Less than a week before the US latest chipset ban on Huawei takes effect, the Chinese high tech company unveiled its latest version of its self-developed HarmonyOS operating system, which is widely seen as an alternative for Google's Android, and a hedge against further US moves against the Chinese tech giant.
Richard Yu Chengdong, CEO of Huawei's consumer business, unveiled at HDC2020 in Dongguan, South China's Guangdong Province, on Thursday the latest development in HarmonyOS, EMUI 11 and its own ecosystem Huawei Mobile Services (HMS) Core 5.0, which will enable its products to seamlessly connect to others.
Huawei released testing version of its updated self-developed operating system HarmonyOS 2.0 to developers, and it is scheduled to release a version for mobile phone in December, Yu noted. "HarmonyOS will be used in smartphones in next year," he said.
The development is considered the Chinese tech giant's direct response to the expanded ban from the Trump administration as the tech cold war between the US and China heats up and poses a severe threat to the global supply chain, particularly as September 15, the deadline for cutting off the supply of chipsets to Huawei looms.
The three-day HDC2020 invited developers across the world to tap into various topics including the application development based on Huawei's HarmonyOS - widely seen as an "Android killer" - and development of smart devices based on the operating system, in addition to topics such as the security and privacy of HarmonyOS and HMS and their ability to be used in foreign markets.
"Huawei is also committed to helping Chinese companies and developers to venture abroad," like TikTok, Huawei's Yu said. Such ambition is a direct response to US nonstop crackdown on the whole high tech industry in China.
Despite the US ban, Huawei recorded 105 million smartphone unit shipments in the first half of 2020, with a total revenue of 255.8 billion yuan ($37.4 billion), according to the senior executive. Also, since the US imposed the ban in May 2019, Huawei has been actively developing both an application and hard device ecosystem. It currently has 1.8 million developers and 490 million active users on its ecosystem, making it the third largest ecosystem, following Apples's iOS and Google's Android.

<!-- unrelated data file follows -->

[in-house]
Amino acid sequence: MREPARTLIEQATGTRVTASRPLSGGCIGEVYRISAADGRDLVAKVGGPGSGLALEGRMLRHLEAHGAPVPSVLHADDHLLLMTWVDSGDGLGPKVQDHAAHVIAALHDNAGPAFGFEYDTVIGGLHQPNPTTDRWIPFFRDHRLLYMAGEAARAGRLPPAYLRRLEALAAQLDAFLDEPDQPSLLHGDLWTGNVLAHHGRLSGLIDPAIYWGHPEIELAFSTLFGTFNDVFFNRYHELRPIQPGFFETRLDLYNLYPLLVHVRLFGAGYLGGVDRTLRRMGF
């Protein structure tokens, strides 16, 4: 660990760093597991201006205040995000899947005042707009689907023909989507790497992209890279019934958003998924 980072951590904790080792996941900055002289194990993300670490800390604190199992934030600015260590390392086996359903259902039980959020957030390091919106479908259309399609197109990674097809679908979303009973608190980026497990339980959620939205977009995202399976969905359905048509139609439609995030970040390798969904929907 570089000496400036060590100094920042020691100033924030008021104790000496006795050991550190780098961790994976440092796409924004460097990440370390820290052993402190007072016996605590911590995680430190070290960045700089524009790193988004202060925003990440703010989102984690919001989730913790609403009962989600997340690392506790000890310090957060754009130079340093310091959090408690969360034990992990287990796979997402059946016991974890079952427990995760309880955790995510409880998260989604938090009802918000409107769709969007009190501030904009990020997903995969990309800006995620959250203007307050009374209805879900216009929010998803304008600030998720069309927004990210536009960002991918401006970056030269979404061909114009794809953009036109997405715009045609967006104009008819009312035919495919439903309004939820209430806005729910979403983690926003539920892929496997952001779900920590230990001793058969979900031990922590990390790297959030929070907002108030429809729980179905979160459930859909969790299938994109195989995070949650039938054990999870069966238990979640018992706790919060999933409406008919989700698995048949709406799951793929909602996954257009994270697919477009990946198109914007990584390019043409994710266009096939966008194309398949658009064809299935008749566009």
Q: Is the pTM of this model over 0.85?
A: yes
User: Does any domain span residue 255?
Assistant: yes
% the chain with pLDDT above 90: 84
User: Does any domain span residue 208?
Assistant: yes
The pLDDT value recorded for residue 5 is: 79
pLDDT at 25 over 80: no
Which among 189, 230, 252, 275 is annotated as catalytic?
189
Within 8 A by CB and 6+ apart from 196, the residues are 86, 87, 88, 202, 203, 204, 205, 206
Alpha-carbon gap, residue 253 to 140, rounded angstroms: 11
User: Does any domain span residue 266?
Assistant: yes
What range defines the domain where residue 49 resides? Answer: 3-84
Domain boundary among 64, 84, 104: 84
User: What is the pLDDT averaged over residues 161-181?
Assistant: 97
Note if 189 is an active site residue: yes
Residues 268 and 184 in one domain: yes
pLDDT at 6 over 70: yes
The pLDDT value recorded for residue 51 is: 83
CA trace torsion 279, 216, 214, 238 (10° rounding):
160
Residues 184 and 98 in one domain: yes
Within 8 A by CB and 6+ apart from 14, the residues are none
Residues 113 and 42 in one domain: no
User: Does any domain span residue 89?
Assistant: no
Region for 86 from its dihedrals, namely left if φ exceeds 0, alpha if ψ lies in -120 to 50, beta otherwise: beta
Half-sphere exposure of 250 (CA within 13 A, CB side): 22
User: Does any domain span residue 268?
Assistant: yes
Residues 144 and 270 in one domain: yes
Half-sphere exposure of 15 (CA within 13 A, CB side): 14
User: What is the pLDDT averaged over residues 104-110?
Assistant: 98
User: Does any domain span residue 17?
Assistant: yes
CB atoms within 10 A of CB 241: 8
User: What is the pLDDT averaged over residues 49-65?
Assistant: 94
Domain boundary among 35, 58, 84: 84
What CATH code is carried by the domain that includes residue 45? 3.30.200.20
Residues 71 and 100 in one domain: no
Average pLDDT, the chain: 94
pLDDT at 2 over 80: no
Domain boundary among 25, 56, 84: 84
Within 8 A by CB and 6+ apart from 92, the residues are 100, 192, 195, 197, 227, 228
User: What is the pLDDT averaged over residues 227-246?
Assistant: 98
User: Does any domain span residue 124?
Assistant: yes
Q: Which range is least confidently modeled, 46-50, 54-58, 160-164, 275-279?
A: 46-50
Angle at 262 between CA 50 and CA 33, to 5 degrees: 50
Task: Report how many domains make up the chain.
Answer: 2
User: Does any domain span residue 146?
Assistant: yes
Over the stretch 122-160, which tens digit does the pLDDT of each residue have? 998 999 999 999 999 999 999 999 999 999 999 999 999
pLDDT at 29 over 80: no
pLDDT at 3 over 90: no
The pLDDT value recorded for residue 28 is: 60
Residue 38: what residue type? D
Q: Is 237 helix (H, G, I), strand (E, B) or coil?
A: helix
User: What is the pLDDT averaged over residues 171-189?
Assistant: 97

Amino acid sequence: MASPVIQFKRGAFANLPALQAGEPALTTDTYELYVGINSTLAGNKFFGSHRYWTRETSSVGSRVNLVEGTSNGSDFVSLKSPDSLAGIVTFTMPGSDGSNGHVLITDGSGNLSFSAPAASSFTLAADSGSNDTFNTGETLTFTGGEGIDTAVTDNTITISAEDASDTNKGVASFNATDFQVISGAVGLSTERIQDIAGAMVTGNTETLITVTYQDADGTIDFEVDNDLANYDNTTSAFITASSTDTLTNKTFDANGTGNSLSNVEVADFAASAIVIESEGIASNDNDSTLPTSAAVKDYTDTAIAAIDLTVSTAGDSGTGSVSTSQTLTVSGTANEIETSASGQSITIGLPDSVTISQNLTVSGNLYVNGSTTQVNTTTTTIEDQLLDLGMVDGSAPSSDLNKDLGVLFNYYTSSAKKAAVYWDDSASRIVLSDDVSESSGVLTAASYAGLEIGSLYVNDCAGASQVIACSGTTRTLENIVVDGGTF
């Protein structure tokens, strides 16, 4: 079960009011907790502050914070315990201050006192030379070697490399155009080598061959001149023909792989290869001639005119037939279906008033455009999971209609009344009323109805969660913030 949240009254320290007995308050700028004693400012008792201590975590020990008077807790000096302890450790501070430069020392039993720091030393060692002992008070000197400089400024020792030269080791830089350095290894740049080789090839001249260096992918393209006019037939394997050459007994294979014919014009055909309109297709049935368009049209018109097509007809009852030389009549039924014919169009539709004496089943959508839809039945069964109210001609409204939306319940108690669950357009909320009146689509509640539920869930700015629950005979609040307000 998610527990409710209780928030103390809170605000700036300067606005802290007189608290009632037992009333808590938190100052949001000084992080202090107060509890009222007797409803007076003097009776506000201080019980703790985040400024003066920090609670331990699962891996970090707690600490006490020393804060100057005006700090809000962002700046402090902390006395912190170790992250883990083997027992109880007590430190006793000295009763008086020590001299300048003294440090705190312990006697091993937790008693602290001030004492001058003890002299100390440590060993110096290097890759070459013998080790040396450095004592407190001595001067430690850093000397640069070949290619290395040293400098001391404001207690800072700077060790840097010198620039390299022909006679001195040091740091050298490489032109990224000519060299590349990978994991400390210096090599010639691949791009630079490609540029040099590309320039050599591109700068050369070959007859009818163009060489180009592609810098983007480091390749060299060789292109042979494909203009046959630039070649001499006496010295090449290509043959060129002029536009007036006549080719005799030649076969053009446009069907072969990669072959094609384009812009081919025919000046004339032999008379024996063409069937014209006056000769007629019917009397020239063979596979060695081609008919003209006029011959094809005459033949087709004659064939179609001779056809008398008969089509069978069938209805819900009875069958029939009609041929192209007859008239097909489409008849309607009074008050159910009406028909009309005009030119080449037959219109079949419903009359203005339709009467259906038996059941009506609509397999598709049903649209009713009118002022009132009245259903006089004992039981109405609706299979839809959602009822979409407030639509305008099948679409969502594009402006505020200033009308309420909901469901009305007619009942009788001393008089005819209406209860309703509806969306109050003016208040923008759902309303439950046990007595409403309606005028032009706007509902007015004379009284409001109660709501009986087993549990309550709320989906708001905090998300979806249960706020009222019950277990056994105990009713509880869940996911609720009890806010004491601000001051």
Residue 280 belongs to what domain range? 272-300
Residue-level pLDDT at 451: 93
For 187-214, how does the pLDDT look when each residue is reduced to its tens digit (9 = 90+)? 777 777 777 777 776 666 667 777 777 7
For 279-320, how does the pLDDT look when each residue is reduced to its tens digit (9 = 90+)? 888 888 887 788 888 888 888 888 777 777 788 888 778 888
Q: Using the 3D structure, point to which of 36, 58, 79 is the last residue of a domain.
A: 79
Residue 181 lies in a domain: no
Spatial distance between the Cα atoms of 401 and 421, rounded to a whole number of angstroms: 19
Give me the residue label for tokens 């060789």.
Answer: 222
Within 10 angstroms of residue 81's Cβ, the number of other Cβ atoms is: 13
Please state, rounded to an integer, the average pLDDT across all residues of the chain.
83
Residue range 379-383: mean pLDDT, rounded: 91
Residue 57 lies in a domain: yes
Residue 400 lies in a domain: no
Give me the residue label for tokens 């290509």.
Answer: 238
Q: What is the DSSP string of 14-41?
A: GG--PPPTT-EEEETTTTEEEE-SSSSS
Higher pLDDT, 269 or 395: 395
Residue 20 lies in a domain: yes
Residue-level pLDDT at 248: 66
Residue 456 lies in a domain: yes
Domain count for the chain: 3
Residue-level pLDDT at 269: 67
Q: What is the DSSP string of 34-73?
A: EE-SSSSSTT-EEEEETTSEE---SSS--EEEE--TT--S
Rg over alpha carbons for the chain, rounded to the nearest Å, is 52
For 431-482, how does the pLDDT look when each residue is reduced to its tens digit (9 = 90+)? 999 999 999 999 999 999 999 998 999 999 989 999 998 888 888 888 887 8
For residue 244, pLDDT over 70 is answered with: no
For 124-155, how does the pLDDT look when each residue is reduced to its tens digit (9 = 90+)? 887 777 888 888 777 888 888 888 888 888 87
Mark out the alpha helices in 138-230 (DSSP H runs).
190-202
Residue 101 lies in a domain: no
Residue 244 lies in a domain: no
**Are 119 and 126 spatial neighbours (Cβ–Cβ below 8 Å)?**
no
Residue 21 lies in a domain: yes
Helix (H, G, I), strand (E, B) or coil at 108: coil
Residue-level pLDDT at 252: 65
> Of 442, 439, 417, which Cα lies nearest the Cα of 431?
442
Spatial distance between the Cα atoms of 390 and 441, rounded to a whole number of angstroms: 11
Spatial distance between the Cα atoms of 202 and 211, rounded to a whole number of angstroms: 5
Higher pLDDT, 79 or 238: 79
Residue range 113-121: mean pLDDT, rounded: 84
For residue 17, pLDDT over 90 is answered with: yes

The US Department of Commerce issued in mid-August a new rule that would prevent Huawei from acquiring chips developed or produced with US technology and software, in a move that analysts say essentially cuts off supplies of key components for smartphones to Huawei.
The new rule was an extension of an earlier ban imposed in May that barred companies from using US technology and software to make chips designed by Huawei.
Yu Chengdong Photo: GT
Some industry analysts call it "the final card" that has sparked a widespread backlash among businesses globally, as such reckless deeds by the US government could cause deep disruptions and losses for global industries and commerce.
Amid the US moves, which could cut Huawei from accessing Google's Android updates and security patches, Huawei launched its self-developed HarmonyOS last year.
In the face of the US government's escalating crackdown, the only thing Huawei can do now is to confront this crucial reality and take in these unfair sanctions, while launching its self-developed core technologies will help accelerate the restructuring of the new supply chain in high tech, Fang Xingdong, founder of Beijing-based technology think tank ChinaLabs, told the Global Times on Thursday.
"We need to take a long-term perspective of this battle, five to 10 years. The coming years will surely be hard for Huawei, but by stepping up its efforts, the company, along with China's high-tech sector, will grow stronger," Fang said.
For Huawei "to survive, it's possible to have two systems in a world," Guo Ping, Huawei's rotating chairman recently said during a meeting with the company's employees.